Power of nature: Jewelry exhibition at the Elizabeth Cipriani Jewelry Gallery


A few days ago, the exhibition Force of Nature, curated by Melanie Grant, opened at the Elizabeth Cipriani Gallery in London. Melanie is a well-known jewelry journalist, author of Coveted (“a book about jewelry that you want to read”, as connoisseurs and lovers of jewelry say about her) and an album dedicated to jewelry by Chinese jeweler Wallace Chan.

The idea of ​​the exhibition is to erase the boundaries between the world of jewelry and art, so Melanie brought together 18 jewelers and artists (residents of the Serpentine Gallery in London) in one gallery space to create jewelry (or provide ready-made ones) dedicated to nature or the interaction of man and nature.

The list of exhibition residents looks like a jewelry and art walk of fame: Wallace Chan, Andrew Grima and Francesca Grima, Bibi van der Velden, James de Givenchy, Ute Decker and Ai Weiwei. The show also features two paired bracelets by Melanie Grant herself – this is the first time she has acted as a jewelry designer.

The jewelry exposition – six flat showcases, golden cabinets made in the Art Deco style – are complemented by paintings by Italian modernists from the collection of the Cipriani Gallery, large-scale monochrome canvases on the entire wall look like massive frames for jewelry.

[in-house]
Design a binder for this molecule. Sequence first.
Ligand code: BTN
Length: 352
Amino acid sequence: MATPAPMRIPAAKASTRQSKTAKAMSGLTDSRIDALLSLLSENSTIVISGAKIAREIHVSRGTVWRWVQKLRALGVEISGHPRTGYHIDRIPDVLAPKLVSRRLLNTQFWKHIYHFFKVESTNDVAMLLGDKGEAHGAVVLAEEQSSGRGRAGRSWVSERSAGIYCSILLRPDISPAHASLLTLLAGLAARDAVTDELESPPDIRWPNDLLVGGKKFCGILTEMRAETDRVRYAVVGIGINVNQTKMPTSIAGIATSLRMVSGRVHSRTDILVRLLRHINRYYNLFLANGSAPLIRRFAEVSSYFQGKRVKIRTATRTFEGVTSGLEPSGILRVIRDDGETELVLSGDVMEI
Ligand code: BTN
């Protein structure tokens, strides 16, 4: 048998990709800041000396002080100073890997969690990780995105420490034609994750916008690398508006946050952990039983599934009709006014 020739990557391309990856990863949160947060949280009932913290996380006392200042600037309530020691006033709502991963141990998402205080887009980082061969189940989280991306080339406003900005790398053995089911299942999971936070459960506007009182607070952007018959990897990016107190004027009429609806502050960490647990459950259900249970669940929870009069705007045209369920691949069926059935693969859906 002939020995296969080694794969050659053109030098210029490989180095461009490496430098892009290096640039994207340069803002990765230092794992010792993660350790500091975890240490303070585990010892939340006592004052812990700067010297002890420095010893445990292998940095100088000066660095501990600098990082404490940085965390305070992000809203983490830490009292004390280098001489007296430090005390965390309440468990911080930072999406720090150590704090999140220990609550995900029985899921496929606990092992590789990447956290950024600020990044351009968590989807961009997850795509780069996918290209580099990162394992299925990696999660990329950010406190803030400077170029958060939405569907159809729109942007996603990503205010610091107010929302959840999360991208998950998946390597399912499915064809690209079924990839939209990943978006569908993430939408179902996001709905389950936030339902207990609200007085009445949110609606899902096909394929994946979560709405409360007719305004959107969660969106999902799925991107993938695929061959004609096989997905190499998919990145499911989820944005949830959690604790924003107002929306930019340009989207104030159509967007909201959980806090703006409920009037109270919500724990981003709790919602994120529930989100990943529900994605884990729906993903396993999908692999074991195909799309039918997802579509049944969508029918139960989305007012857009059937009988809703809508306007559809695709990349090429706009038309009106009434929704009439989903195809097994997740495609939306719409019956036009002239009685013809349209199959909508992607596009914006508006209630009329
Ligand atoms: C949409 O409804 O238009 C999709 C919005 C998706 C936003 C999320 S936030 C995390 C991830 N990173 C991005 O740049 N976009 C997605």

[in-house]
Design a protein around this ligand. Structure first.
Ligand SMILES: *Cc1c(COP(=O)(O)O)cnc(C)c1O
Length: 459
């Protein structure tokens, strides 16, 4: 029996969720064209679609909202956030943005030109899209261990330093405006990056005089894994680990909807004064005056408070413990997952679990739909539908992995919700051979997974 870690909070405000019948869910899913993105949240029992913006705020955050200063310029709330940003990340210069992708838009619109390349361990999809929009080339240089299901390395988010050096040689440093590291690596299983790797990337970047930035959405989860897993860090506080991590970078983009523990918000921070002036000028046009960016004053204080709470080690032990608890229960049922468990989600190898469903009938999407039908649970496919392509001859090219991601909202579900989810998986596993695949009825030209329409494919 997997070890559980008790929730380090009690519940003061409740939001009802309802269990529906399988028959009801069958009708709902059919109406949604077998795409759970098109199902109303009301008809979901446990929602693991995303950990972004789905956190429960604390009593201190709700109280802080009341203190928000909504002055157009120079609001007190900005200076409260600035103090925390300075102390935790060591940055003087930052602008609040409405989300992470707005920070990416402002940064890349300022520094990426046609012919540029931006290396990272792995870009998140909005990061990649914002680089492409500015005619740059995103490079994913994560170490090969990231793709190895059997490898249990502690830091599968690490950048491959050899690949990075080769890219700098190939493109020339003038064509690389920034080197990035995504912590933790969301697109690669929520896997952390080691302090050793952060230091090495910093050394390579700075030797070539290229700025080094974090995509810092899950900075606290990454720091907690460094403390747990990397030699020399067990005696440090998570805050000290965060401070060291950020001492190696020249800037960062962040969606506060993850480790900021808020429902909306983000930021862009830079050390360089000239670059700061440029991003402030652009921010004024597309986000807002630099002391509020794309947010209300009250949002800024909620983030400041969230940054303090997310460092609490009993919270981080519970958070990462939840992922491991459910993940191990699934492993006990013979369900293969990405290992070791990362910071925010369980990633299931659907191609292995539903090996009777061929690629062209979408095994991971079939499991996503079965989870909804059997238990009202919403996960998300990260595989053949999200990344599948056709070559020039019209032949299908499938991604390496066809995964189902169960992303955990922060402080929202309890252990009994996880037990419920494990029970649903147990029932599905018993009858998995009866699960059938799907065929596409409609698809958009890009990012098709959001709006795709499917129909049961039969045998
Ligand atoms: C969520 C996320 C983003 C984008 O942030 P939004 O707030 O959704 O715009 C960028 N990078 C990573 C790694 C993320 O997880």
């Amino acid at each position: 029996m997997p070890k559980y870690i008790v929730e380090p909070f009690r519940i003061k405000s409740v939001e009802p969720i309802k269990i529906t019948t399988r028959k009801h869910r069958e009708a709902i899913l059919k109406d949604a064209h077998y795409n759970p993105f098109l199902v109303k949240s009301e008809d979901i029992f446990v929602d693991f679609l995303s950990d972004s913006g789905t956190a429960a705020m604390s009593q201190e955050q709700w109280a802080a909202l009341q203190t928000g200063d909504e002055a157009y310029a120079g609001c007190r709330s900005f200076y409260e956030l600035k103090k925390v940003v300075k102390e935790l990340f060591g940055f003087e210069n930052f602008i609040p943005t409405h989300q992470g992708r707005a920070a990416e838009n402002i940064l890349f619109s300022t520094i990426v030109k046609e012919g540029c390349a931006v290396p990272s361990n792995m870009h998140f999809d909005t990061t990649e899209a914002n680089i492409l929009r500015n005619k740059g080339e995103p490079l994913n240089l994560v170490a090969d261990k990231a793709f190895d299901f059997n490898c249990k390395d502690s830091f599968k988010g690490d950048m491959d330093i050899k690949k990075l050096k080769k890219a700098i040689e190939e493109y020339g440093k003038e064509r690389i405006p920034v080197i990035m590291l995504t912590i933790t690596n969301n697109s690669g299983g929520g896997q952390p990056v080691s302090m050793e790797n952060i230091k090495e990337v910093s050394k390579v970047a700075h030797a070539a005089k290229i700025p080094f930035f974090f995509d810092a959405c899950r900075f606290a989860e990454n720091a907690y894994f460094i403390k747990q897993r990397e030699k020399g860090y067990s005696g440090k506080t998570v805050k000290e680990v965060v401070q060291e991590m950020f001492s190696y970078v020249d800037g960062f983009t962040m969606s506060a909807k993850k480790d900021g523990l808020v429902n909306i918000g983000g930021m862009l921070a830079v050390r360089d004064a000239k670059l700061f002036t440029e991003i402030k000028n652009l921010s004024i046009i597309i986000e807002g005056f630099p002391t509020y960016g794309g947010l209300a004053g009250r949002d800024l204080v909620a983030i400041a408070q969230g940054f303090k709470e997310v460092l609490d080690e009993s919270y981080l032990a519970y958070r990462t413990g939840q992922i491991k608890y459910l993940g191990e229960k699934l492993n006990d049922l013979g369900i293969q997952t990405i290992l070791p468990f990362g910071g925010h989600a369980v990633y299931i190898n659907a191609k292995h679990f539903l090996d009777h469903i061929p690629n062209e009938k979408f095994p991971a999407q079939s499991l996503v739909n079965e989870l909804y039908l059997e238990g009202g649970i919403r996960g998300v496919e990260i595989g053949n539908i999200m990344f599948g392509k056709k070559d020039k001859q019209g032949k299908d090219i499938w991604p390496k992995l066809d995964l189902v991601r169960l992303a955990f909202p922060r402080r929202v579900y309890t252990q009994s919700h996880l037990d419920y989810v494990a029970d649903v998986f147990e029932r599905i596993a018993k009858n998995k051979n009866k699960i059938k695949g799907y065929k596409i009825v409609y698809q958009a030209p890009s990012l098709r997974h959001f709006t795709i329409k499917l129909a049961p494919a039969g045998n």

The Force of Nature exhibit looks like another and this time a very visible stone thrown into a glass wall that separates the world of jewelry and fine arts. For everyone inside the jewelry industry, it has long been clear that the value of a piece of jewelry is determined not only by the value of the materials used in it. Expression, skill, social agenda – all that are criteria for judging a work of fine art – are also present in jewelry.

Perhaps this is why designers who want to be noticed “beyond the carat” often introduce into their jewelry completely non-jewelry materials such as ordinary pebbles (like James de Givenchy) or semi-precious stones, or deliberately abandon techniques that are inherent in jewelry art. The shapes that we find in modern jewelry, even inspired by nature,

It is impossible to highlight one thing. All 40 jewelry objects, each flawless in its own style, are design, artistic statements. Especially interesting are two things that are completely different in meaning, but still similar in working with material. Ai Weiwei’s spiral bracelet made of gold channel, instantly recognizing a common building material and the heritage of ancient Greek jewelery radium.

And Andrew Grim’s brooch in the form of a gold hemisphere with diamonds, cast from a cast from a lychee skin, similar to both an elegant designer’s joke and a brilliant work with “natural material”.


Original article:

This article appeared on 24th November 2021.

Written by Natalia Filatova-Kietiene.




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